|Prior to publishing this editorial, LBREPORT.com extended another invitation at 2:47 p.m. Sat.
(March 23, 2019, 8:15 p.m.) -- LBREPORT.com has said before and reiterates now: when Long Beach Councilwoman Lena Gonzalez unwisely tried to cover our video camera lens in August 2016 when we politely asked her if she supported restoring more police officers for taxpayers than Mayor Garcia had recommended [at that time 8 out of 208 erased], she didn't snub us, she snubbed you.
What Councilwoman Gonzalez did then (for which she received no criticism from other media outlets) invited her do what she's doing now: snubbing you by avoiding questions from us and perhaps others in seeking to become CA's next state Senator. On Feb. 28, 2019, we asked candidate Gonzalez by email whether she supports or opposes SB 246 (proposes to create an oil severance tax that could bring CA billions in new revenue). opposed by major oil companies who've funded a committee that spent over $1,000,000 since late February in an independent campaign (legally separate from Gonzalez's campaign) to send Gonzalez to Sacramento. (We asked her about SB 246 in late February and didn't wait until near the end of the election cycle to report the issue to our readers.)
We also believe an incumbent's voting record in their current office is always relevant when they seek higher office, so we'd like to ask state Senate candidate Gonzalez about some of her City Council votes in which she:
Long Beach Councilmembers don't have to answer questions posed from the public speaker's podium during Council meetings. They don't routinely hold open press conferences where questions can be posed. Many prefer communications they control via emailed "newsletters" or Tweets or Facebook dispatches, responses to which they can sometimes ignore or block.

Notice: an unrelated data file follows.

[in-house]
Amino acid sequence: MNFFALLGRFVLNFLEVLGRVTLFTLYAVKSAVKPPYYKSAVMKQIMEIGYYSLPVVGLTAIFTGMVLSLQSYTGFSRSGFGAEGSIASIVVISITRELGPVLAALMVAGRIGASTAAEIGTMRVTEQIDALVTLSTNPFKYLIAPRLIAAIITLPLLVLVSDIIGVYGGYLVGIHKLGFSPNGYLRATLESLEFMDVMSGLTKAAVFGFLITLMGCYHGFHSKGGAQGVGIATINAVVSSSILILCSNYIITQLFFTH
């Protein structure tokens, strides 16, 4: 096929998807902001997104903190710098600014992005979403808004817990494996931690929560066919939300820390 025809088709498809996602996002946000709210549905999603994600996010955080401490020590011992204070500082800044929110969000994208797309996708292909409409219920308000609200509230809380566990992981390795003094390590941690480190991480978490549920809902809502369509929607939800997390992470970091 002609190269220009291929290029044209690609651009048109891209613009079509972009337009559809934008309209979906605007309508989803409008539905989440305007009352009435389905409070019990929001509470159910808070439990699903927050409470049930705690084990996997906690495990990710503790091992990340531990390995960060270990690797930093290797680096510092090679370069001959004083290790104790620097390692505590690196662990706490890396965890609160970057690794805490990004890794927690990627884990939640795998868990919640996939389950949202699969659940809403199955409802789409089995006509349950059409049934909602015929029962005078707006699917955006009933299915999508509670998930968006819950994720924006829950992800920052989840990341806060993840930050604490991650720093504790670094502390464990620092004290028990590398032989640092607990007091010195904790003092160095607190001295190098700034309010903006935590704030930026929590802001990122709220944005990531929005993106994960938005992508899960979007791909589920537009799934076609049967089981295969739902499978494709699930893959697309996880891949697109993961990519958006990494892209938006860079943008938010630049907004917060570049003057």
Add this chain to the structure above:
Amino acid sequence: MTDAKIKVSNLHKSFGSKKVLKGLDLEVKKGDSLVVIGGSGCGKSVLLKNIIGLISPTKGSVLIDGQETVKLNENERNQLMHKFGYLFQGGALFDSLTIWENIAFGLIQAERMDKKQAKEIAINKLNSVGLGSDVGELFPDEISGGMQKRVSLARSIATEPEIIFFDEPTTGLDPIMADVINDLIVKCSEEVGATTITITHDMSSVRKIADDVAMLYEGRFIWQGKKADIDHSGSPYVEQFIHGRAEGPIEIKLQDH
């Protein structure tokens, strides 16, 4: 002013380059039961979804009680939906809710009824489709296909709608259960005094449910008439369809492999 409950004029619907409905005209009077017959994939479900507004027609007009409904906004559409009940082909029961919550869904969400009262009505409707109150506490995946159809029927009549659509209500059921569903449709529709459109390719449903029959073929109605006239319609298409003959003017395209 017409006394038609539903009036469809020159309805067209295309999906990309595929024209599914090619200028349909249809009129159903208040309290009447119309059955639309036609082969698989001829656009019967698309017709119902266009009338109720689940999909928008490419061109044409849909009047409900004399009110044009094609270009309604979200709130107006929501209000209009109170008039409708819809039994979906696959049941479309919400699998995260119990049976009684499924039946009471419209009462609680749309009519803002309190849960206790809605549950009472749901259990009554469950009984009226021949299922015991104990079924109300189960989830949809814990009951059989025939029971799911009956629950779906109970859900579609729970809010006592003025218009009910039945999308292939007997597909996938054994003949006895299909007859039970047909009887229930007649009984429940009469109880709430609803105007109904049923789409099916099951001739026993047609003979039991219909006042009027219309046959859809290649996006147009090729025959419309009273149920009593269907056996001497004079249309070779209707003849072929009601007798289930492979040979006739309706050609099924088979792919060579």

If press outlets flinch at asking questions when incumbents seek higher office, incumbents never have to answer. So if not now, when?
Regardless of one's opinions on the items we cited above, there should be agreement that it's unhealthy for any incumbent to expect that given sufficient campaign contributions and endorsements, they'll be rewarded with higher office by evading press questions and avoiding responsive answers.
None of this is personal. It's entirely about policy. LBREPORT.com believes checks and balances matter. The 1st Amendment explicitly protects the press to ensure an independent, non-governmental brake on those in power. Trying to cover our camera lens when we asked a fair question was a momentary clumsy action that Councilwoman Gonzalez may or may not regret now. But what's taking place now is in our opinion worse because it's a calculated and deliberate campaign strategy. It's designed to obstruct media outlets from getting answers and reporting them on matters that involve the consent of the governed.
We'll learn if that strategy succeeds in this election shortly after 8:00 p.m. on Tuesday March 26. LBREPORT.com will report the results live.
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